What is an LLC? Do I need one for my small company? Do I want an LLC in my state? Do I need an LLC if I am using my home state as the filing entity? All these questions will be answered here and much more.
First, we will discuss what an LLC is. An LLC is a Limited Liability Company filed with the appropriate state. It allows for the sharing of one type of tax liability (the tax liability on the shares of stock in the industry ) between the company and the owner (the person who started the LLC). If you are filing a Change of Address, this can change your business’ LLC status.
Do I want an LLC for my organization? If your business grows significantly and your everyday work requires a great deal of driving, you might wish to take into account an LLC. An LLC can help protect your own assets while also protecting your business assets from those of your competitors. If you file a Change of Address, your address and contact information will become the responsibility of your LLC, not your private residence.
Do I need an LLC if my condition does not require one? Most states will not require an LLC. Your accountant will be able to assist you in determining if you need one based on the type of business you’ve got and your particular state’s laws. Some states allow for one or partial incorporation of a company. Other states require you to form a real LLC.
Do I need a Registered Agent for my LLC? An LLC is also a separate entity from your residence. For your LLC to have its own separate legal and financial records, you’ll have to appoint a Registered Agent. In some cases, it is the Registered Agent that will cause the filing and maintenance of all of the LLC’s documents. In other states, the Secretary of State will manage these filings.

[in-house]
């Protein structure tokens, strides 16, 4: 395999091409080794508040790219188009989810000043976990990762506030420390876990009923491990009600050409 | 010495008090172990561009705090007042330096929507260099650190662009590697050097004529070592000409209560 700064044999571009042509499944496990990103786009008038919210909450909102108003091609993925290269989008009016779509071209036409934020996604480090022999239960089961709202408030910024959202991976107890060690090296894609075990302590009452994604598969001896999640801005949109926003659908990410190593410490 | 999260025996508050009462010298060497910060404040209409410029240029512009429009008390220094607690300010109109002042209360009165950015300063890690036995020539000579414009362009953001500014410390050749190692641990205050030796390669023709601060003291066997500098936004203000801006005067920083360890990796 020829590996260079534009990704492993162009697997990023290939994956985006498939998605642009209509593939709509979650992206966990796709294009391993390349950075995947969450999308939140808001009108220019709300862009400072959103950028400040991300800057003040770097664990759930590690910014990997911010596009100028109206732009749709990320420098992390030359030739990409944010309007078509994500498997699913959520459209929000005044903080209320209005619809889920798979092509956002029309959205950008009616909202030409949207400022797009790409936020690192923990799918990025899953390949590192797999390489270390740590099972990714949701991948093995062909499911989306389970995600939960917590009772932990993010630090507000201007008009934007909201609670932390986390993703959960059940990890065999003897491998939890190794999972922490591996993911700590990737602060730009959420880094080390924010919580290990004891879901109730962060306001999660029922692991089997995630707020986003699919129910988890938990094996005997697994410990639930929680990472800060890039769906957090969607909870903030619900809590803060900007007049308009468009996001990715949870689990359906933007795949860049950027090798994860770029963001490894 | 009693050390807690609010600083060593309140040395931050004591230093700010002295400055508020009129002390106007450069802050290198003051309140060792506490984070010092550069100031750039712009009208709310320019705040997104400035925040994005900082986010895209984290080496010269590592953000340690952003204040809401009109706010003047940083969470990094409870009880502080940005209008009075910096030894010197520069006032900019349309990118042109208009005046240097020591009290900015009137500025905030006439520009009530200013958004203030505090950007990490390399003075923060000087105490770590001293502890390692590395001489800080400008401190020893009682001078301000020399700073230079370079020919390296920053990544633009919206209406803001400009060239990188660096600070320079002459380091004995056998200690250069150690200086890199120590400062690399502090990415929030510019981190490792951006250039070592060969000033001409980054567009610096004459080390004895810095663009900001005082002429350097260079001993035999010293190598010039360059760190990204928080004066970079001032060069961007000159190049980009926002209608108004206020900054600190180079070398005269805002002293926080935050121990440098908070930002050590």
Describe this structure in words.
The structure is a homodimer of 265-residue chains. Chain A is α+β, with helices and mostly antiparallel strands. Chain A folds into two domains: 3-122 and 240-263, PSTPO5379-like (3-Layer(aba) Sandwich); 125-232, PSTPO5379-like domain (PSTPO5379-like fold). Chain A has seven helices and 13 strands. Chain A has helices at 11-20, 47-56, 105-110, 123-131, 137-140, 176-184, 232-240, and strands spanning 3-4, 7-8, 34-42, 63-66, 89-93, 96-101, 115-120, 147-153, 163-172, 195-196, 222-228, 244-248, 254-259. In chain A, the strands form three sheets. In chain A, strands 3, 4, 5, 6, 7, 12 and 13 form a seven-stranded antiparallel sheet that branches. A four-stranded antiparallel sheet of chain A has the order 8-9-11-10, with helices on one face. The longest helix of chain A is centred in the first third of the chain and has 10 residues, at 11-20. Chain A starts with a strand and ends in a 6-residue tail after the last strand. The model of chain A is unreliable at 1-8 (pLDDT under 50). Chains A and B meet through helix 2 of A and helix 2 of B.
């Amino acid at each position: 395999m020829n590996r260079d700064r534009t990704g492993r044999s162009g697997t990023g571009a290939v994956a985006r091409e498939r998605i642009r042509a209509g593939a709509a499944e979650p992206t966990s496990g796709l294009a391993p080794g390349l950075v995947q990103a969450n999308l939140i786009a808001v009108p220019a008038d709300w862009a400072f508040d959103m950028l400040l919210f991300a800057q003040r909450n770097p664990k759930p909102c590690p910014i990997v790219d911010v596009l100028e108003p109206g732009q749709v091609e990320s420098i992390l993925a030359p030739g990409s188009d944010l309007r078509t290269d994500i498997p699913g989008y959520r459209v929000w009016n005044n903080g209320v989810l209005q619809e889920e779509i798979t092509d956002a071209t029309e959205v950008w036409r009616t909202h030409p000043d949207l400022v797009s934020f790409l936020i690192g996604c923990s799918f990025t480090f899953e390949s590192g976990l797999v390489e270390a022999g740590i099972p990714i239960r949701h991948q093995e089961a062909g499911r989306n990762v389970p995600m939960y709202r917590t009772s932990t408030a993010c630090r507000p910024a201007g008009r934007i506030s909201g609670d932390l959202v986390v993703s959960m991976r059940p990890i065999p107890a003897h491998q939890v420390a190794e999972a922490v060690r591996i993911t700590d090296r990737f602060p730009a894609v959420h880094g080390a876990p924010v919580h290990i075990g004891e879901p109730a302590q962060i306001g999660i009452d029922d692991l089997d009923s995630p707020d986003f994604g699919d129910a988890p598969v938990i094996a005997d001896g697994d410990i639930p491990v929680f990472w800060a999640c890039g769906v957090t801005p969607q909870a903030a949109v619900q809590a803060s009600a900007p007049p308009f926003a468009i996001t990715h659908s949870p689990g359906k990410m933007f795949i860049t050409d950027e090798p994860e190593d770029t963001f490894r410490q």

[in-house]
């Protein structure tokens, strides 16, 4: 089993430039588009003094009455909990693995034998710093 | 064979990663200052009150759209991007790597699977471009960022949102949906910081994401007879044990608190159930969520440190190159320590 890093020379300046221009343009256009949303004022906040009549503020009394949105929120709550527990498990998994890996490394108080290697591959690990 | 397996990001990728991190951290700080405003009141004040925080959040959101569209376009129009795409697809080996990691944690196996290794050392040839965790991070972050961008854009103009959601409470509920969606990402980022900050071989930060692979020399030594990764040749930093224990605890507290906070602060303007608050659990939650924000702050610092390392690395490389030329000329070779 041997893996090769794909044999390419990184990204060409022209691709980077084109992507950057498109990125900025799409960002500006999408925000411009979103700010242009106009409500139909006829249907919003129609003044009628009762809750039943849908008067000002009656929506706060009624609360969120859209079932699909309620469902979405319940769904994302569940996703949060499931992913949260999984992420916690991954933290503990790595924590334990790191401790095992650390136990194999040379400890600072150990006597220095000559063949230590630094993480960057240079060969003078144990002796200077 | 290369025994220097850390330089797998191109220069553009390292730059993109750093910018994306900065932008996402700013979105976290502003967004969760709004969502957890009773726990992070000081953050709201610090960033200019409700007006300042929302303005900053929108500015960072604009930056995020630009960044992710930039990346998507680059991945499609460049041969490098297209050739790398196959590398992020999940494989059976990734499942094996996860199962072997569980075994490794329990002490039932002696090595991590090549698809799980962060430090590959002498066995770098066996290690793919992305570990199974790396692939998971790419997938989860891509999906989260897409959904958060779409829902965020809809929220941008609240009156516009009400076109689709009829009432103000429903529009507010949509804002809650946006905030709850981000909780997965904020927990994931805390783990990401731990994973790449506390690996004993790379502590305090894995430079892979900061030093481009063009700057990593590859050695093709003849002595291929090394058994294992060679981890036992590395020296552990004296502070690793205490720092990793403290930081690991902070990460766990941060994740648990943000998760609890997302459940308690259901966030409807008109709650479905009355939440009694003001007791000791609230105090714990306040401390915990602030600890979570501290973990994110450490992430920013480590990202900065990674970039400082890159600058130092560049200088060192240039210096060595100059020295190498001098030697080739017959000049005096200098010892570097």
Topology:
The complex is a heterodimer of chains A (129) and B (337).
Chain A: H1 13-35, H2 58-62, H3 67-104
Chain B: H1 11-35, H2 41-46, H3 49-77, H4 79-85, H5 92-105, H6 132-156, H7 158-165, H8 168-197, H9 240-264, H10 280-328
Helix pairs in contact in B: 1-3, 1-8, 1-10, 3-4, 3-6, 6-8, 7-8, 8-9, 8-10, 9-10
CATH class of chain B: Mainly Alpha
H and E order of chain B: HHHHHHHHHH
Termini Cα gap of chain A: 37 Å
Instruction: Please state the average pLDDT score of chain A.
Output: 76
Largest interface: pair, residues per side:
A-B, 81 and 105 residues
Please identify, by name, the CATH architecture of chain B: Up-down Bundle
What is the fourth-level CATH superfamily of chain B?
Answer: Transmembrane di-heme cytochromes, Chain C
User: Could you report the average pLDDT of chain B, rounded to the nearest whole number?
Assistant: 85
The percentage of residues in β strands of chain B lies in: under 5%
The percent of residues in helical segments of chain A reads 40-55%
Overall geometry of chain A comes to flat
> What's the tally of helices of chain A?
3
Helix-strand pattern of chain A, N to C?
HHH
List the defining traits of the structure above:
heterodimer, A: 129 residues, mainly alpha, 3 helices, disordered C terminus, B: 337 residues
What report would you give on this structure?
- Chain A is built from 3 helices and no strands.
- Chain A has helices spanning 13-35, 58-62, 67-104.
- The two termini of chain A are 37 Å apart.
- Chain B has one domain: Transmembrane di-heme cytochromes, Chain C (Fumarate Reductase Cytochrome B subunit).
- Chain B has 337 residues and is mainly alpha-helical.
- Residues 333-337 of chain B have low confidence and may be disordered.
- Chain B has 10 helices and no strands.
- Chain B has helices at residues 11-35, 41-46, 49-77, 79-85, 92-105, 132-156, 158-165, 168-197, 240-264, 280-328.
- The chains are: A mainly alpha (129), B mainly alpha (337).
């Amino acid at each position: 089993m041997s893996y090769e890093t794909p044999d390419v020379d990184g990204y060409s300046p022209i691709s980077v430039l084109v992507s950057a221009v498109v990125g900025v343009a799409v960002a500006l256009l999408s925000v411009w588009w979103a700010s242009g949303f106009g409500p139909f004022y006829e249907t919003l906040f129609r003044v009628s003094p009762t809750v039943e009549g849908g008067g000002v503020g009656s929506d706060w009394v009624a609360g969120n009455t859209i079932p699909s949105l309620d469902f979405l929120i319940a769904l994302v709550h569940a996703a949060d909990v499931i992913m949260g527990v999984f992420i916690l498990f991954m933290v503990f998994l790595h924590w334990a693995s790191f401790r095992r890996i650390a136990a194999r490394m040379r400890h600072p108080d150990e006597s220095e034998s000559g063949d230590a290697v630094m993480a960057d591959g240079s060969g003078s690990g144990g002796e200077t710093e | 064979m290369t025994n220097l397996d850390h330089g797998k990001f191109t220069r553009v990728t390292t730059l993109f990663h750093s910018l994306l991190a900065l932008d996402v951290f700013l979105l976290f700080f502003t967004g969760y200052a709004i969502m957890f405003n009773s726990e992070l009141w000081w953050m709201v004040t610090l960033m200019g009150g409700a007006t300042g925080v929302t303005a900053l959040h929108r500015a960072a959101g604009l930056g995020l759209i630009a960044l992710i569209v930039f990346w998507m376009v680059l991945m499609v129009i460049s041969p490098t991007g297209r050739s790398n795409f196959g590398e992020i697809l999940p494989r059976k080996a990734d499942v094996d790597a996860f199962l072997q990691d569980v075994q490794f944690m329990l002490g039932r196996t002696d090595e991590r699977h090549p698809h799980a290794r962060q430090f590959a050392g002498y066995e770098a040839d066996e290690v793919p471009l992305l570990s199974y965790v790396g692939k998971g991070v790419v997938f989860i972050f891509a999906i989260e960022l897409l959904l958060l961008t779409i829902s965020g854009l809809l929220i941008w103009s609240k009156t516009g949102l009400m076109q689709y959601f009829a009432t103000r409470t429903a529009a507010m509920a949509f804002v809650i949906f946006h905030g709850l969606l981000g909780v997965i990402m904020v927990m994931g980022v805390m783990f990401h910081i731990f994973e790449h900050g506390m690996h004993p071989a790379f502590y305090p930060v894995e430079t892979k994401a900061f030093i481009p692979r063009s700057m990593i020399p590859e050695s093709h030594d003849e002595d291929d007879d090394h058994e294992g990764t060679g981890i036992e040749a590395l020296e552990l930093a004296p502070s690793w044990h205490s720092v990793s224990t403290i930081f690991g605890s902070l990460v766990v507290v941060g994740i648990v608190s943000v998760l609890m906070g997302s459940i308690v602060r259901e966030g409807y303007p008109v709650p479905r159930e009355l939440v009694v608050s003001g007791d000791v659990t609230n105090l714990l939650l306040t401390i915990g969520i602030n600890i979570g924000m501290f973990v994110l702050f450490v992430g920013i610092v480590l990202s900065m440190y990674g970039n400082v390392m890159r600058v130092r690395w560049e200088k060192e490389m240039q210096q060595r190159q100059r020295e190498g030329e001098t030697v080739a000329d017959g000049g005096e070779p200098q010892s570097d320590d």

Do I need a lawyer for my LLC? As with any legal formation, it is extremely important that any individuals connected with your LLC are qualified and trustworthy. If you have children or a spouse, you’ll need an attorney to help you fill out the forms and register the name of your organization, as well as any alterations (name changes). While the most common reasons to form an LLC are to prevent state taxes and comply with tax laws, having a registered agent and a skilled attorney also lets you protect your personal interests while still being able to operate your business peacefully.
Do I need an accountant for my LLC? Running an LLC is a really complex and intricate task, and it requires the attention of an experienced accountant. When you file your papers with your state’s Secretary of State, he or she’ll provide you with a comprehensive list of who is authorized to make changes and who is responsible for completing them. While this sounds helpful, many accountants are not qualified to handle the complex task of incorporating a business. The Secretary of State also has specific rules about who will represent the LLC, when filings are to be made, how they should be finished, and what fees are required.
Do I need an accountant for my LLC? It is dependent upon your state’s laws. Most states allow a sole proprietorship to incorporate as an LLC, but you must incorporate as a corporation first, before you can incorporate as an LLC. Regardless of the type of business you’re in, you want a qualified individual to help you produce the necessary Articles of Organization, register the name of your LLC, and maintain the books.